Patients sue Lilly, claim Cymbalta withdrawal hazards

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Two federal lawsuits filed in Indianapolis allege Eli Lilly’s top-selling antidepressant Cymbalta caused almost immediate dangerous withdrawal symptoms when patients attempted to stop using the medication.

The Indianapolis pharmaceutical company said the suits mirror federal complaints in New York and South Carolina in which Lilly has prevailed on summary judgment.

Lilly global communications director Scott MacGregor said in a statement the company is reviewing the complaints but could not comment on the pending litigation.

“Procedurally, this appears to be another attempt by plaintiffs’ counsel to manufacture a consolidated litigation after the denial of their petition in December to create a multidistrict litigation,” MacGregor said. “Lilly remains pleased that the (Judicial Panel on Multidistrict Litigation) denied that effort.”

The product-liability suits filed in U.S. District Court for the Southern District of Indiana claim Cymbalta, generically called duloxetine, is defectively designed. The complaints claim its short half-life in the body doesn’t allow patients to gradually decrease dosage without symptoms that may manifest in a day or less after users stop taking the drug.

The lawsuits also allege Lilly minimized the risks of withdrawal symptoms despite studies showing as many as 40 percent of patients had side effects when they stopped taking the medication.

“Lilly engaged in willful, wanton, and reckless conduct, including its defective design of Cymbalta and its failure to fully and accurately warn about the frequency, severity, and/or duration of Cymbalta’s withdrawal symptoms, all of which induced physicians to prescribe Cymbalta and consumers to use it,” the suits allege.

In a suit filed March 2, Kentucky residents Denise Gay DeCrane and Christopher Hagan Huff complained of a range of withdrawal symptoms.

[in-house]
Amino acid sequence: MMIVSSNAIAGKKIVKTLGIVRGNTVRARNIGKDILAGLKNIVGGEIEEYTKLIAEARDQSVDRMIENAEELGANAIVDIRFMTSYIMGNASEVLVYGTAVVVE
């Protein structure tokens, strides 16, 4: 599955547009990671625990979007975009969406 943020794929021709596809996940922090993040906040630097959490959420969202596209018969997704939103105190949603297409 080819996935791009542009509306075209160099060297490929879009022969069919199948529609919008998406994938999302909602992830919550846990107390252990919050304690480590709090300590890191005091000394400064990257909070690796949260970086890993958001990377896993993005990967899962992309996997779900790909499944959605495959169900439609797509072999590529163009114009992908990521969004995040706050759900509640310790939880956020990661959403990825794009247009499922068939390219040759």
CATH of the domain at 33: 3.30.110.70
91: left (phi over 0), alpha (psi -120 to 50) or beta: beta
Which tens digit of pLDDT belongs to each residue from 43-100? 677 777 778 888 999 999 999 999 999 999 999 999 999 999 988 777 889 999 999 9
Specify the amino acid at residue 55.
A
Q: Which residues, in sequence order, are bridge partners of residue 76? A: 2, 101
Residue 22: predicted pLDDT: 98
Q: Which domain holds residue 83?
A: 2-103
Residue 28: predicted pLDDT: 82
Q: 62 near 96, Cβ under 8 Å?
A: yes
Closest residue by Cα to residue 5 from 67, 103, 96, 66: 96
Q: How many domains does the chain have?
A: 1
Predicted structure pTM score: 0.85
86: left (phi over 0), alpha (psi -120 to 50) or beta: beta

After taking Cymbalta for about a year and a half, DeCrane stopped taking the drug and claims this resulted in symptoms including mood swings, psychosis, “electric shock-like symptoms in her head, commonly known as ‘brain zaps,’” vertigo, suicidal thoughts, self-mutilation and violent outbursts. Huff alleged symptoms including suicidal thoughts, dysphoria, waves of anxiety and “visual flashes of light which made him panic.”

On Feb. 27, a similar suit was filed on behalf of 21 patients, including one the complaint alleges attempted suicide after stopping use of the medication. Both cases are brought by the Los Angeles law firm Baum Hedlund Aristei & Goldman P.C.

The suits allege causes of action against Lilly including negligence, product liability, failure to warn, negligent misrepresentation and fraud. Patients seek past and future compensatory and punitive damages, legal fees and costs.

Introduced in 2004, Cymbalta registered sales of $3.9 billion in 2013, or nearly 20 percent of Lilly’s revenue, according to the suit. That was the same year Cymbalta’s patent expired. The drug once had annual sales of nearly $5 billion.

Cymbalta remains among market leaders in a class of pharmaceuticals known as serotonin and norepinephrine reuptake inhibitors. Along with its chief use as an antidepressant, Cymbalta is prescribed to treat generalized anxiety disorder, diabetic neuropathy, fibromyalgia and chronic pain.

MacGregor said the company has successfully defended similar claims.

“Lilly also agrees with the recent ruling by a federal district court judge finding that the Cymbalta label was adequate as a matter of law and that Plaintiff could not establish that the alleged failure to warn caused Plaintiff’s alleged injuries. In December 2013, a federal district court judge also granted summary judgment to Lilly in a case making allegations similar to these recently-filed cases,” MacGregor said.

“Lilly will continue to defend against these claims,” he said.•

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